Programme no: 216


Workshop organizer: Lucy Chen, MGH/Harvard Medical School, Anesthesia, Critical Care and Pain Medic, United States

Workshop speakers: Lucy Chen, MGH/Harvard Medical School, Robert Jamison, B & W Hospital, Harvard Medical School, Jianren Mao, MGH, Harvard Medical School, United States

Opioids have been successfully used for adult and pediatric acute postoperative pain and chronic or cancer-related pain. More recently, preclinical and clinical studies have revealed that chronic exposure to opioid analgesics may alter the central nervous system processing of pain, leading to an increase in pain sensitivity, which commonly described as opioid-induced hyperalgesia. This concept complicates the rationale of chronic opioid use and challenges clinical management of chronic pain patients. This symposium will provide a clinic-oriented summary on the mechanisms, diagnosis and management of opioid-induced hyperalgesia. In addition, the up-to-date information on risk assessment and management for opioid-related clinical issues including addiction will be discussed. Education Objectives 1. To review the current clinical data regarding opioid-induced hyperalgesia; 2. To discuss the neurobiological mechanism of opioid-induced hyperalgesia and its clinical implication and management; 3. To update opioid risk assessment and management strategies in the context of opioid-induced hyperalgesia and abuse-like behaviors.


Programme no: 301


Workshop organizer: Christine Chambers, Dalhousie University, Departments of Pediatrics and Psychology, Canada

Workshop speakers: Christine Chambers, Dalhousie University, Canada, Line Caes, Ghent University, Belgium, Tonya Palermo, Univ of Washington and Seattle Children’s, United States

The family has long been acknowledged as an important social context where children learn about and receive support for their pain. This workshop will provide an overview of innovative methods for assessment and intervention with the family in pediatric pain, using different methodologies and in diverse settings, including the lab, the clinic, and the internet. Results from recent illustrative studies will be presented. The importance of this work in helping to better understand the complexity of family relationships as they relate to pain, and future directions for research in this area, will be discussed.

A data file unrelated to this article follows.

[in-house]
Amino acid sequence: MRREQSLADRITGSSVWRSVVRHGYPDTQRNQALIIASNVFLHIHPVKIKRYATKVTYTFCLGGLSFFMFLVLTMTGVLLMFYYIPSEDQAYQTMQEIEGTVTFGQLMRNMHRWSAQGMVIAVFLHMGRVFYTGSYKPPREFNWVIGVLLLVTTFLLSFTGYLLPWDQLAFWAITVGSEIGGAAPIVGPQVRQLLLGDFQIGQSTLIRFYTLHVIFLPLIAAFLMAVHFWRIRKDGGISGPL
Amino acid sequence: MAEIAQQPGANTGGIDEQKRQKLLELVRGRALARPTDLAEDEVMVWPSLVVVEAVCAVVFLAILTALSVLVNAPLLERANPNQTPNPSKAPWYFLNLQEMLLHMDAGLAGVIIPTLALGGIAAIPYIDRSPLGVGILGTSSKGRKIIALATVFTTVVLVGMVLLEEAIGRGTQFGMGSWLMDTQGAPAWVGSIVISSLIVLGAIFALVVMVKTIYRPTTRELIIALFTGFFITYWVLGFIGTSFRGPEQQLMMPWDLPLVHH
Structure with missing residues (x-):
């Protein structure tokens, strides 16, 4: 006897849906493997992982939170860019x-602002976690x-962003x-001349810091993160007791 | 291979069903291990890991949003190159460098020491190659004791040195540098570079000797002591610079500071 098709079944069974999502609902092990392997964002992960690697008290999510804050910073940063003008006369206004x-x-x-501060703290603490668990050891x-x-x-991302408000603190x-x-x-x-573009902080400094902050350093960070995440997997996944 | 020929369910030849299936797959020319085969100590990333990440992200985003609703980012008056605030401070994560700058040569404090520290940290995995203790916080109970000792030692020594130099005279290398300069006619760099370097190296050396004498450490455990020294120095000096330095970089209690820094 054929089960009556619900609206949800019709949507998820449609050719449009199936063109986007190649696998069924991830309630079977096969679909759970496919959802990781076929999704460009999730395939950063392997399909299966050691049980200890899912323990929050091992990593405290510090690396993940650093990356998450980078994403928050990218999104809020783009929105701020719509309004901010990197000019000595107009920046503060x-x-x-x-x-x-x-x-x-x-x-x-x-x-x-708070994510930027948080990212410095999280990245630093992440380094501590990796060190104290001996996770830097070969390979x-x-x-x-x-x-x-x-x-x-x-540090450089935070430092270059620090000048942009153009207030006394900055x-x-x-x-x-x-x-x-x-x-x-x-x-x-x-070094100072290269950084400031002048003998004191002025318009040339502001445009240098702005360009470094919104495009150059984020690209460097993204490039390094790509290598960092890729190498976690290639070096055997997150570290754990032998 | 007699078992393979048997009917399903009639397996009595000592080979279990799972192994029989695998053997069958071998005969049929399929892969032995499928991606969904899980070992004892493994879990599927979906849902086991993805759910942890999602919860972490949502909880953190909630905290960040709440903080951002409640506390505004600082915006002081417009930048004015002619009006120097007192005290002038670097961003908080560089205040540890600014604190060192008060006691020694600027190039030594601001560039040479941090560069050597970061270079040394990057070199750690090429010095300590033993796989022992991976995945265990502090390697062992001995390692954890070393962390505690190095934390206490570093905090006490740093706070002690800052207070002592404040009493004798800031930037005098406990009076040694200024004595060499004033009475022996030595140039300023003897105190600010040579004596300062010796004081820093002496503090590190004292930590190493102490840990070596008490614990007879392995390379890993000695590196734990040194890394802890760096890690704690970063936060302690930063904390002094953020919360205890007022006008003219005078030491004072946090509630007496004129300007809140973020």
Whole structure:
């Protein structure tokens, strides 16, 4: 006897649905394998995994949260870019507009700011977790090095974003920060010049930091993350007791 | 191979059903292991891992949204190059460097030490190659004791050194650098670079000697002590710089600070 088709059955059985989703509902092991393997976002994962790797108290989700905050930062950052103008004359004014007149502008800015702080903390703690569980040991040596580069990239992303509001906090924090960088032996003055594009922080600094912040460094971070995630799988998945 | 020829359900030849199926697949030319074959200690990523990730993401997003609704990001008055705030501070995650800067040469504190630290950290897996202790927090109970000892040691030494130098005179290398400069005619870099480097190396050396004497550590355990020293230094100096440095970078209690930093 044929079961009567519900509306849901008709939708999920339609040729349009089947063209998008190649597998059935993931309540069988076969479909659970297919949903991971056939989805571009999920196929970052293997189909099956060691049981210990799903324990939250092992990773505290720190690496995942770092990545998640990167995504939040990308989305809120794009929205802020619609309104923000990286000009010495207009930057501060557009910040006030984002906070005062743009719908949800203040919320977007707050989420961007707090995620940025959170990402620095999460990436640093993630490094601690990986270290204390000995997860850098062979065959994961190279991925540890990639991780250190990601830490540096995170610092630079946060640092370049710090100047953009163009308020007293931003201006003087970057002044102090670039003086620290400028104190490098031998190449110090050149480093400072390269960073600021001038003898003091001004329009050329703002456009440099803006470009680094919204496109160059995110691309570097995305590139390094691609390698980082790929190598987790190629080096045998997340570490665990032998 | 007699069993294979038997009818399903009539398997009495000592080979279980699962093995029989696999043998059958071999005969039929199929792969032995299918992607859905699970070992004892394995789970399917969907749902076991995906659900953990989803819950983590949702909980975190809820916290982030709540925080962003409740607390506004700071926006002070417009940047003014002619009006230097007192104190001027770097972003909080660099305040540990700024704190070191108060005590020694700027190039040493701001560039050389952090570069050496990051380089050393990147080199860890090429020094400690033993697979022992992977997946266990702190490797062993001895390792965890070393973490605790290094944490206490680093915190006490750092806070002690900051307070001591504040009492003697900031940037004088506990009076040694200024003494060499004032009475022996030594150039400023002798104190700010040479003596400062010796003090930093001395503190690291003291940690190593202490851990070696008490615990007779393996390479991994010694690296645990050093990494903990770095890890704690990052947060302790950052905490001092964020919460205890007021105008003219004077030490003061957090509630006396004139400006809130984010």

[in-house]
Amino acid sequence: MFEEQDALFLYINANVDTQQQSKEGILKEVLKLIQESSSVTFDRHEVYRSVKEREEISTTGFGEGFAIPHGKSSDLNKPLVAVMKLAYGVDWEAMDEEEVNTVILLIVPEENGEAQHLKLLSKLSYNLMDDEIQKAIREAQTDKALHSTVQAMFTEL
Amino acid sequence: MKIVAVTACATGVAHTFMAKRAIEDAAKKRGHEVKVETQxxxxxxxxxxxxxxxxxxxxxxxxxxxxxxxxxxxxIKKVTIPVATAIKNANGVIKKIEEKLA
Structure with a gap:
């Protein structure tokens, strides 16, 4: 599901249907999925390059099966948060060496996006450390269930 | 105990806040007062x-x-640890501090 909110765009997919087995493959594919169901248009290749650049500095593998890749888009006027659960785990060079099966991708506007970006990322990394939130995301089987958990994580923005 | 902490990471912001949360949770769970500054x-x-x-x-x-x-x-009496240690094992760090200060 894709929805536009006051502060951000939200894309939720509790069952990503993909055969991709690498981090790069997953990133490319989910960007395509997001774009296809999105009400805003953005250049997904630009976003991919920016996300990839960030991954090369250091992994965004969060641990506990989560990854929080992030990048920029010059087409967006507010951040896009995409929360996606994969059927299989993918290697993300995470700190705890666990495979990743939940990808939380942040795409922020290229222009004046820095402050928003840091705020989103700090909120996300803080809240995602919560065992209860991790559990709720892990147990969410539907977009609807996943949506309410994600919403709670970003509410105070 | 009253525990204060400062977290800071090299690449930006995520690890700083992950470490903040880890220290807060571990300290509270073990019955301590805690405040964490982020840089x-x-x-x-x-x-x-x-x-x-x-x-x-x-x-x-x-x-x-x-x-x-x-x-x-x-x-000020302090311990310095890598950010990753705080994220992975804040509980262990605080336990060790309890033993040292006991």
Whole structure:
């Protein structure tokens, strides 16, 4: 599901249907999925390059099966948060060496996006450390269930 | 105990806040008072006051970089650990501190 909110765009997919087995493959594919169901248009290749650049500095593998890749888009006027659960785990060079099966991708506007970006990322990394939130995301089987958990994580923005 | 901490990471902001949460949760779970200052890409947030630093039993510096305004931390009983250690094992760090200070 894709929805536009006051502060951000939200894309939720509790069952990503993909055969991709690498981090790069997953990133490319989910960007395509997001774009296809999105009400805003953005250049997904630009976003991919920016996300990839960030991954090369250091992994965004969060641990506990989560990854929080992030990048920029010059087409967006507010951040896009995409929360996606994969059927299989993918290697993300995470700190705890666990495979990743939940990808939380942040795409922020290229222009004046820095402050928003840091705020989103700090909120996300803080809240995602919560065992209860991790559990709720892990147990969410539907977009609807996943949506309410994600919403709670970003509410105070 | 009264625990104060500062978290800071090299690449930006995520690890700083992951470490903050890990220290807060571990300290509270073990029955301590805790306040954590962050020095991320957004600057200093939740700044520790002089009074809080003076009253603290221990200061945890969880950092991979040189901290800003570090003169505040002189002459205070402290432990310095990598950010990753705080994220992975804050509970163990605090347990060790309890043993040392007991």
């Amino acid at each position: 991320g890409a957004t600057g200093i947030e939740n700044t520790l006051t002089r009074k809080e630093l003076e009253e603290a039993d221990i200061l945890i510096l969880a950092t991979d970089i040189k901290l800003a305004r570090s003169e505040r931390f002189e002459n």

Learning Objectives: 1) To identify different methods of studying the role of the family in pediatric pain 2) To showcase the results of various recent research studies investigating assessment and intervention with the family in pediatric pain 3) To consider the relative merits and challenges associated with use of these methods and directions for future research.


Programme no: 302


Workshop organizer: Neil Schechter, Children’s Hospital Boston, Department of Anesthesia, United States

Workshop speakers: Samuel Nurko, Children’s Hospital Boston, Laura Schanberg, Duke University, William Zempsky, Connecticut Children’s Medical Center, United States

Persistent pain in patients with systemic disease which has been successfully treated or is in remission has often been interpreted as psychological in origin or representative of disease flare. Recent evidence suggests that neither of these etiologies may be correct and the pain may stem from a different mechanism such as peripheral or central sensitization and require an entirely different treatment approach. For some entities, this may be considered “functional pain”. In this workshop, experts in three different diseases (inflammatory bowel disease, juvenile idiopathic arthritis, and sickle cell disease) will review what is known about the epidemiology, mechanism, and treatment of persistent pain in each disease state. Learning Objectives: 1) Review the basic principles of “functional disorders” and central sensitization 2) Demonstrate how this concept may manifest itself in different disease states 3) Review the similarities and differences in treatment approaches to persistent pain in these three disease states


Programme no: 303


Workshop organizer: Mark Connelly, University of Missouri-Kansas City, United States

Workshop speakers: Anna Huguet, IWK Health Centre, Jennifer Stinson, The Hospital for Sick Children, Canada, Mark Connelly, University of Missouri-Kansas City, United States

Information technology increasingly has become a mainstay for healthcare delivery due to its potential for improving health outcomes while reducing treatment costs. In the field of pediatric pain, mobile technology increasingly has been implemented to facilitate self-monitoring of pain and to equip children with the self-management strategies and support necessary to optimize their care. Three examples of apps developed to improve the assessment, management and/or support of young people with several recurrent and chronic pain conditions will be presented. The educational objectives are to: 1. Describe the process of developing an app; 2. Identify key features of apps that lend to their success in terms of improved health outcomes; and 3. Discuss opportunities and challenges of pain apps.